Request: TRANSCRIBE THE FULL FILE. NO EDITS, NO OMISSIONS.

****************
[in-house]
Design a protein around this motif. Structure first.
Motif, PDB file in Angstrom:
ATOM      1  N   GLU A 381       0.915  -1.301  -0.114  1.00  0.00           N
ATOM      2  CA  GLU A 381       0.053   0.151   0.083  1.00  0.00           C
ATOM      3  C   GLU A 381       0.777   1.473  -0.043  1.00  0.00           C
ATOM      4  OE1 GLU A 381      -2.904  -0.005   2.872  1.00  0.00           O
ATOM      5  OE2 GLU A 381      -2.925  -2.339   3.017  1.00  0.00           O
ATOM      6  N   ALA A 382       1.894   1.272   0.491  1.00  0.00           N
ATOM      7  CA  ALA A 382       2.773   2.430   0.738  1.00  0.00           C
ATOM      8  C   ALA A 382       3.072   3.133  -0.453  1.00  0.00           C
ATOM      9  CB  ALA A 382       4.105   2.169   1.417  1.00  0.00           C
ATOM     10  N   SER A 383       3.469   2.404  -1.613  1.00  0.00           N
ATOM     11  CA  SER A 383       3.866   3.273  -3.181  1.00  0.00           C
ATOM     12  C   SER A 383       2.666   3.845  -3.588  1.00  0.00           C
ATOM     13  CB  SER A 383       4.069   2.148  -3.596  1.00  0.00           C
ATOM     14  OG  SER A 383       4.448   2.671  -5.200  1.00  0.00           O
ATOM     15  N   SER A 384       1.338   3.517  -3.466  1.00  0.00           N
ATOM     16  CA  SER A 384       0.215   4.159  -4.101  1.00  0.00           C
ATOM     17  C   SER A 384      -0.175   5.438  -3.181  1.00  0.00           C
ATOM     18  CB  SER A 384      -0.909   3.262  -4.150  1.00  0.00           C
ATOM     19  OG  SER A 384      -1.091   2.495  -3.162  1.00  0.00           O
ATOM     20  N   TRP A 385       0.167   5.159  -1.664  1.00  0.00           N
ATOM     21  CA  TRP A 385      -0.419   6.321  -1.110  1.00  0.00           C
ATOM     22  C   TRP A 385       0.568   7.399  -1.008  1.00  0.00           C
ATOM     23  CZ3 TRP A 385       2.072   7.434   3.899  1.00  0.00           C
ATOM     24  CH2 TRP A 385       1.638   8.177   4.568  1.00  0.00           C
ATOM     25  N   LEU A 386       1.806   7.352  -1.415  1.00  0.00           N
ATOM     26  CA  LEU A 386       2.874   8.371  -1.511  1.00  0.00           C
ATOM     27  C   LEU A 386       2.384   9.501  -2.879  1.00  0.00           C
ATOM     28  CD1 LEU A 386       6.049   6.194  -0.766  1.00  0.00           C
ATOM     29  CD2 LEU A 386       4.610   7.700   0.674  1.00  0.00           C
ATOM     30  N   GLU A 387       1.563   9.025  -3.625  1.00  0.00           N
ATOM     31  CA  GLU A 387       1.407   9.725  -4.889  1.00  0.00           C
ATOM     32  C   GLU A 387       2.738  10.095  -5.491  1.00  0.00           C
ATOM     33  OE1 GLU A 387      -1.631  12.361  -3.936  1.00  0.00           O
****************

[in-house]
Design a protein around this motif. Structure first.
Motif, PDB file in Angstrom:
ATOM      1  N   GLU A 381       0.915  -1.301  -0.114  1.00  0.00           N
ATOM      2  CA  GLU A 381       0.053   0.151   0.083  1.00  0.00           C
ATOM      3  C   GLU A 381       0.777   1.473  -0.043  1.00  0.00           C
ATOM      4  OE1 GLU A 381      -2.904  -0.005   2.872  1.00  0.00           O
ATOM      5  OE2 GLU A 381      -2.925  -2.339   3.017  1.00  0.00           O
ATOM      6  N   ALA A 382       1.894   1.272   0.491  1.00  0.00           N
ATOM      7  CA  ALA A 382       2.773   2.430   0.738  1.00  0.00           C
ATOM      8  C   ALA A 382       3.072   3.133  -0.453  1.00  0.00           C
ATOM      9  CB  ALA A 382       4.105   2.169   1.417  1.00  0.00           C
ATOM     10  N   SER A 383       3.469   2.404  -1.613  1.00  0.00           N
ATOM     11  CA  SER A 383       3.866   3.273  -3.181  1.00  0.00           C
ATOM     12  C   SER A 383       2.666   3.845  -3.588  1.00  0.00           C
ATOM     13  CB  SER A 383       4.069   2.148  -3.596  1.00  0.00           C
ATOM     14  OG  SER A 383       4.448   2.671  -5.200  1.00  0.00           O
ATOM     15  N   SER A 384       1.338   3.517  -3.466  1.00  0.00           N
ATOM     16  CA  SER A 384       0.215   4.159  -4.101  1.00  0.00           C
ATOM     17  C   SER A 384      -0.175   5.438  -3.181  1.00  0.00           C
ATOM     18  CB  SER A 384      -0.909   3.262  -4.150  1.00  0.00           C
ATOM     19  OG  SER A 384      -1.091   2.495  -3.162  1.00  0.00           O
ATOM     20  N   TRP A 385       0.167   5.159  -1.664  1.00  0.00           N
ATOM     21  CA  TRP A 385      -0.419   6.321  -1.110  1.00  0.00           C
ATOM     22  C   TRP A 385       0.568   7.399  -1.008  1.00  0.00           C
ATOM     23  CZ3 TRP A 385       2.072   7.434   3.899  1.00  0.00           C
ATOM     24  CH2 TRP A 385       1.638   8.177   4.568  1.00  0.00           C
ATOM     25  N   LEU A 386       1.806   7.352  -1.415  1.00  0.00           N
ATOM     26  CA  LEU A 386       2.874   8.371  -1.511  1.00  0.00           C
ATOM     27  C   LEU A 386       2.384   9.501  -2.879  1.00  0.00           C
ATOM     28  CD1 LEU A 386       6.049   6.194  -0.766  1.00  0.00           C
ATOM     29  CD2 LEU A 386       4.610   7.700   0.674  1.00  0.00           C
ATOM     30  N   GLU A 387       1.563   9.025  -3.625  1.00  0.00           N
ATOM     31  CA  GLU A 387       1.407   9.725  -4.889  1.00  0.00           C
ATOM     32  C   GLU A 387       2.738  10.095  -5.491  1.00  0.00           C
ATOM     33  OE1 GLU A 387      -1.631  12.361  -3.936  1.00  0.00           O